#SIF2012: Hundreds Attend Safer Internet Forum
Hundreds of European stakeholders turned out last week for the annual Safer Internet Forum.
Held on Thursday and Wednesday in the Square meeting centre in Brussels, dozens of members of youth panels from across Europe contributed to the event, as well as academics, internet safety experts, parents, NGOs, industry representatives, child welfare organisations and technology in education speakers.
During the course of the two days – which debated key themes around creating a better internet for children and young people – many different stimulating and engaging sessions were held.
Safer Internet Forum
On Thursday afternoon, Simon Grehan, the Internet Safety Officer at Webwise, chaired one such workshop: “Creativity and Critical Thinking – The Essential Pillars?”
Speakers Ollie Bray, of the Highland Council, Ewan McIntosh, of Notosh, and Emma Mulqueeny, of Rewired State, each contributed to the discussion on the creative and entrepreneurial opportunities online technologies offer.
During each session, audience participation through the use of voting machines at each table, was emphasised.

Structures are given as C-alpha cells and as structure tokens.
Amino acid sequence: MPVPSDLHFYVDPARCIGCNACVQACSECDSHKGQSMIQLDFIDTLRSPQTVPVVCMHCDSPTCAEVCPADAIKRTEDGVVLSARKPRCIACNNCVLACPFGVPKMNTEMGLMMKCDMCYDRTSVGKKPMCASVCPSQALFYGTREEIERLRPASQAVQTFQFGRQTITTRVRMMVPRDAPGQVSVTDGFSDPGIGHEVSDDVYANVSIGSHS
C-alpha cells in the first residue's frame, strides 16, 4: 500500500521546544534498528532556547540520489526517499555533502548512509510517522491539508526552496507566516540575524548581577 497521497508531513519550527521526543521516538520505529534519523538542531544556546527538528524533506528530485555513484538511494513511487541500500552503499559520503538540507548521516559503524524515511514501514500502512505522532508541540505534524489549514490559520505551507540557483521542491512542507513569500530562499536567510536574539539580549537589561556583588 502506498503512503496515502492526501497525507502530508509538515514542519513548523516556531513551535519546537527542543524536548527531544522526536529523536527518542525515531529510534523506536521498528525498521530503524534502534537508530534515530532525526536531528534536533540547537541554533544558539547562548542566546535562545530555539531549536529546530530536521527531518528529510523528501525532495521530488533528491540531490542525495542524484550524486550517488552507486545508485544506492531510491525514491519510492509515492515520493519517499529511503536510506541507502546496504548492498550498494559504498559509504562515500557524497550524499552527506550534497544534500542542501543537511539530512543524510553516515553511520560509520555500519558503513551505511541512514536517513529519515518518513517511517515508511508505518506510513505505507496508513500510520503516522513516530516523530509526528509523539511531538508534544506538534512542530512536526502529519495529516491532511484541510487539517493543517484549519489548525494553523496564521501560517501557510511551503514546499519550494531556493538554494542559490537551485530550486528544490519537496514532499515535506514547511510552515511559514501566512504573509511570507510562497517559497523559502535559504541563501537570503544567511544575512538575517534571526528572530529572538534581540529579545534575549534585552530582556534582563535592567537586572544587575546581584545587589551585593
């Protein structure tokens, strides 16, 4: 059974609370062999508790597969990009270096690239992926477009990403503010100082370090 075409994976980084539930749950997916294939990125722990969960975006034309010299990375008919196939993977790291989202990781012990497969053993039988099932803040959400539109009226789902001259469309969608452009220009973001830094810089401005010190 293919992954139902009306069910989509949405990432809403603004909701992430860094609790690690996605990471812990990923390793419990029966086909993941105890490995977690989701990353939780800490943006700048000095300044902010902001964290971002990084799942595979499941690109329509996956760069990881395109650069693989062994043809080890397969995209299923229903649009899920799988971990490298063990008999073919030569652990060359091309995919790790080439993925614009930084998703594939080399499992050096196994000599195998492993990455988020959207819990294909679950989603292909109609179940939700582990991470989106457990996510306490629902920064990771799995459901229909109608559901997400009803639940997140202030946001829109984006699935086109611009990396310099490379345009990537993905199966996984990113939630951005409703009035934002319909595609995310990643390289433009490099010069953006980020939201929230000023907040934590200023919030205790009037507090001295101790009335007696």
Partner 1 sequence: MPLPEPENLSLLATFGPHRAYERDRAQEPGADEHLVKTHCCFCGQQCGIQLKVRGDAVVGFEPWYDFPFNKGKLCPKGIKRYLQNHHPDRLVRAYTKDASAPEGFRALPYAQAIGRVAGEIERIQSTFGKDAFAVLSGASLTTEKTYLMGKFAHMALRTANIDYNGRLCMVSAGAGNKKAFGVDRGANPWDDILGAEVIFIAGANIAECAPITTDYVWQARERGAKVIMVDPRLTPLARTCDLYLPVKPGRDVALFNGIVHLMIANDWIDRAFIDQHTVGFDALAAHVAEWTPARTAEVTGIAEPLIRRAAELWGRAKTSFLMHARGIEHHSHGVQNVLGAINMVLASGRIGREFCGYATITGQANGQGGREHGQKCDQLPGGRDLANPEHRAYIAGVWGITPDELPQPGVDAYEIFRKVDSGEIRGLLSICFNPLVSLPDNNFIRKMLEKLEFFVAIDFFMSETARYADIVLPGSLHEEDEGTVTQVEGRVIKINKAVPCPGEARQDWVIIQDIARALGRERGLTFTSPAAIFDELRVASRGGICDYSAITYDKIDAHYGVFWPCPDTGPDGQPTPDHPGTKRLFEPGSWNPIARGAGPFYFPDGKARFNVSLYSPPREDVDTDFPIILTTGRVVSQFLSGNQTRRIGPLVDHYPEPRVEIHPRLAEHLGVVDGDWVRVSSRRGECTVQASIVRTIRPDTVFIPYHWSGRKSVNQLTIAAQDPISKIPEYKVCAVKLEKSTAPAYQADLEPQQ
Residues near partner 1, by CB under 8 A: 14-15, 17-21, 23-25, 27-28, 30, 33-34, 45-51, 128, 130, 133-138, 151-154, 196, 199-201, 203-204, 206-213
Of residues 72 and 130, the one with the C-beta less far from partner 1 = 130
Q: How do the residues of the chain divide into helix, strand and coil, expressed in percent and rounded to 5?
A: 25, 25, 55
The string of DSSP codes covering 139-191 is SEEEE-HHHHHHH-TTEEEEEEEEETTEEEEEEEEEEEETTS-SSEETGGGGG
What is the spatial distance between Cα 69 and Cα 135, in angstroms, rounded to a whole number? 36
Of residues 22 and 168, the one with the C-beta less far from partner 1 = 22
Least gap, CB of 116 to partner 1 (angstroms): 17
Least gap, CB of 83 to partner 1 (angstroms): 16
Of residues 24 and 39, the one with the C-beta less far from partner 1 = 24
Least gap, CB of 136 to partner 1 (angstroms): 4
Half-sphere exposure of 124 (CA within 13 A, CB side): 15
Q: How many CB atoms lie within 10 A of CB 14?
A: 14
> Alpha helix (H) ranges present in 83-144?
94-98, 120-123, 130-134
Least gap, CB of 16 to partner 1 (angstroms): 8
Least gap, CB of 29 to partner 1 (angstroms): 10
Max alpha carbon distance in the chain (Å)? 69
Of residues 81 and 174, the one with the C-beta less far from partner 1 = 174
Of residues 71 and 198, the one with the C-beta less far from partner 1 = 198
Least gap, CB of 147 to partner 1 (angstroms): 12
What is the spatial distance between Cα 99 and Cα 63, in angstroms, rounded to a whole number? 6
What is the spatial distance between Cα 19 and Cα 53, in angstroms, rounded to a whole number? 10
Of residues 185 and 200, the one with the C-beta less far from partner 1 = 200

On one such vote, 13 per cent of youth panel members said they were concerned that adults did not understand the internet.
Indeed, the opinions of the many youth panel members were actively sought during the two-day event with a workshop on Friday morning, “Exploding the Myths about a Better Internet for Kids”, one of the Safer Internet Forum’s most engaging discussions. The session was informed by a number of youth panel speakers.
Opening the event on Thursday, Neelie Kroes, the Vice President of the European Commission responsible for the digital agenda, said that making the internet a safe place for young people is one of her main priorities.
Ms Kroes welcomed everyone to the Safer Internet Forum during her video address.
Patricia Manson, the head of the Inclusion, Skills and Youth unit at the European Commission’s Directorate General for Communications, Content and Technology, closed the event on Friday afternoon by thanking those who attended.
Ms Manson said insights and contributions during the event would be assessed during future policy discussions.
Other contributors to the forum included, Mary Aiken, a cyberpsychologist from the Royal College of Surgeons in Ireland, and Dr Conor Galvin, a researcher at UCD’s College of Human Sciences.